He was silent, and for a moment, I thought I had made a huge mistake by telling him my story.
“It’s a brave move,” he said finally as he made a turn onto the highway, picking up speed. “Very few people in life would be able to do what you’re doing. Some days, I think of going to India, experiencing the culture my ancestors played a part in, but…”
“So why don’t you go?” I asked.
He let out a raucous laugh. “What? And leave all this behind.”
“No wife and kids?”
“No, haven’t found the right woman yet.”
My mind went into overdrive as we neared the airport. Soon, I’d have decisions to make, but now I had one more question. “How’d you like to come to India with me?”
“What? You can’t be serious?” He craned his neck to try and look at me.
“Hey! Keep your eye on the road!” I said, tickled by his exuberance. “And yes, I am serious. I’m a strong believer that if you pay attention, you’ll make the right choices.”
He pulled into a spot by the departures area, put the taxi in park, and turned to look at me. “And you think I’m part of those right choices? You don’t know me.”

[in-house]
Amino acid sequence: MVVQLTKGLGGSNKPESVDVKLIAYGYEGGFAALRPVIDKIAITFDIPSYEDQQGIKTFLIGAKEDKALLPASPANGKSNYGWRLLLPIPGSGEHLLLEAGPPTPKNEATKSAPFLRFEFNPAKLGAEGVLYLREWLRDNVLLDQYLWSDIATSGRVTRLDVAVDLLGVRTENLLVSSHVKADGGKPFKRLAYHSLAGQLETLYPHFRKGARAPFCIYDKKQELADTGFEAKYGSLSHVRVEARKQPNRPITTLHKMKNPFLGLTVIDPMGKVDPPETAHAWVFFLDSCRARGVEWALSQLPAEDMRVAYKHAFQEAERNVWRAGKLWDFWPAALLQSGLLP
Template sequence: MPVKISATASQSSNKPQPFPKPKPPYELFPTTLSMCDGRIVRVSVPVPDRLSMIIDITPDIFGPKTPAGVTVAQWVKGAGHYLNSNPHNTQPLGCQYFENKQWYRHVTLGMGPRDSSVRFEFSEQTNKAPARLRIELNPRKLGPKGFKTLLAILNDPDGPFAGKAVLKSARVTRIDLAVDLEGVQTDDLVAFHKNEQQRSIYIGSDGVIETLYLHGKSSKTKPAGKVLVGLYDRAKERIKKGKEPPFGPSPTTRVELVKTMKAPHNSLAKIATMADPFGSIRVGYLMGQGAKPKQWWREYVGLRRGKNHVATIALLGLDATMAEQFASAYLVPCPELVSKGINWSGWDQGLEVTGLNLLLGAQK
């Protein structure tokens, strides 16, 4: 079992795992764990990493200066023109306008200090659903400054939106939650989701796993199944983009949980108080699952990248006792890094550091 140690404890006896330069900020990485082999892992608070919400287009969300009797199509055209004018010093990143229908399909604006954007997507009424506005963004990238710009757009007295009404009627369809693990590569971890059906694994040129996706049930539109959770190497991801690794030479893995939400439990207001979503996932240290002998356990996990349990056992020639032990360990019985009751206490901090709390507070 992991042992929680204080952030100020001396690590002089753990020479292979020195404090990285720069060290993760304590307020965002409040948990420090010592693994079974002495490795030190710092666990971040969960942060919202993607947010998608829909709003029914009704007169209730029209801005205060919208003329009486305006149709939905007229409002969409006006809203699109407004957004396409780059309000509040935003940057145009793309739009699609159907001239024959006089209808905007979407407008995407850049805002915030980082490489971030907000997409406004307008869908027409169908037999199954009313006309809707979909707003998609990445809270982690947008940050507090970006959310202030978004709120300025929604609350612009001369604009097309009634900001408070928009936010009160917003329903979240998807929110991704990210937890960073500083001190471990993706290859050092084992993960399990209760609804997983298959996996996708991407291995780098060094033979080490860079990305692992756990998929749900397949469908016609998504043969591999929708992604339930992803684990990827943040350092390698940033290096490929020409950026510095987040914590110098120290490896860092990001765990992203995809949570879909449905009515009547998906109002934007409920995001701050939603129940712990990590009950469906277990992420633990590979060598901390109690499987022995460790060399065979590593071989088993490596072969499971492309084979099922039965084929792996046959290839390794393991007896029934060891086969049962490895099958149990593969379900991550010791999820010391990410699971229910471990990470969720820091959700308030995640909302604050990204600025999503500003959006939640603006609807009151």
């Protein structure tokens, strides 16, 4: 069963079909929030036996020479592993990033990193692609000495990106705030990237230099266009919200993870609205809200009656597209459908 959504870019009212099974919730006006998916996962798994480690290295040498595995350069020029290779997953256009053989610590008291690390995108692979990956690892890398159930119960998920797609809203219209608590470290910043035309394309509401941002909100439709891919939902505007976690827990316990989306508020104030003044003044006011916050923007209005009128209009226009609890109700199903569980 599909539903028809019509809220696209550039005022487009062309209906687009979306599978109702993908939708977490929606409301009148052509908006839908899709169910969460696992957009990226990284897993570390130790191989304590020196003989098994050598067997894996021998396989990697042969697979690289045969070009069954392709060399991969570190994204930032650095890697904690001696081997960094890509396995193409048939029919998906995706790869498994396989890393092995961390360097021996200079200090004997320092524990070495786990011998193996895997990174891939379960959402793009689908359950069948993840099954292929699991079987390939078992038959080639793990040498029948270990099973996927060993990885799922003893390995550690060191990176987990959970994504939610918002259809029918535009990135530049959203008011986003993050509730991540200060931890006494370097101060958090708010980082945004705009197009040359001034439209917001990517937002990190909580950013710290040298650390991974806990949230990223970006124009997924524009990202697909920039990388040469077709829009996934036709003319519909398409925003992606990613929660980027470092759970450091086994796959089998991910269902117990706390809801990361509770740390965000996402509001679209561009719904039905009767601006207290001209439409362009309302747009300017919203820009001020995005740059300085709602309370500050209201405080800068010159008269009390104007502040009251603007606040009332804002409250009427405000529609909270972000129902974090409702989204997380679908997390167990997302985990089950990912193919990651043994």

I stared into his eyes and saw someone of gentle spirit. “I haven’t taken many chances in my life, and I’m an all-or-nothing kind of gal. We may be strangers, but I think we can become fast friends. I’ve been paralyzed to make any important decisions for a long time, but in this short cab ride, I’ve made a decision to go to India, and to invite you to come along. I can’t tell you how good that feels.”
“8M27, 8M27, where are you?” came the call over the taxi dispatch.
He picked up the radio. “This is 8M27, I’m here at La Guardia.”
“What’s taking you so long? A Mr. Thompson is waiting for you at Arrivals.”
His eyes twinkled as he gave me a smile. I smiled back and nodded. “I won’t be picking up a Mr. Thompson,” he said, “and you’d better get someone down here to pick up this cab as well.”
“Have you lost your mind? What the hell do you think you’re doing?” said the voice over the radio.
I giggled to myself as I heard my Englishman say, “I’m leaving for India, boss, I’m leaving for India.”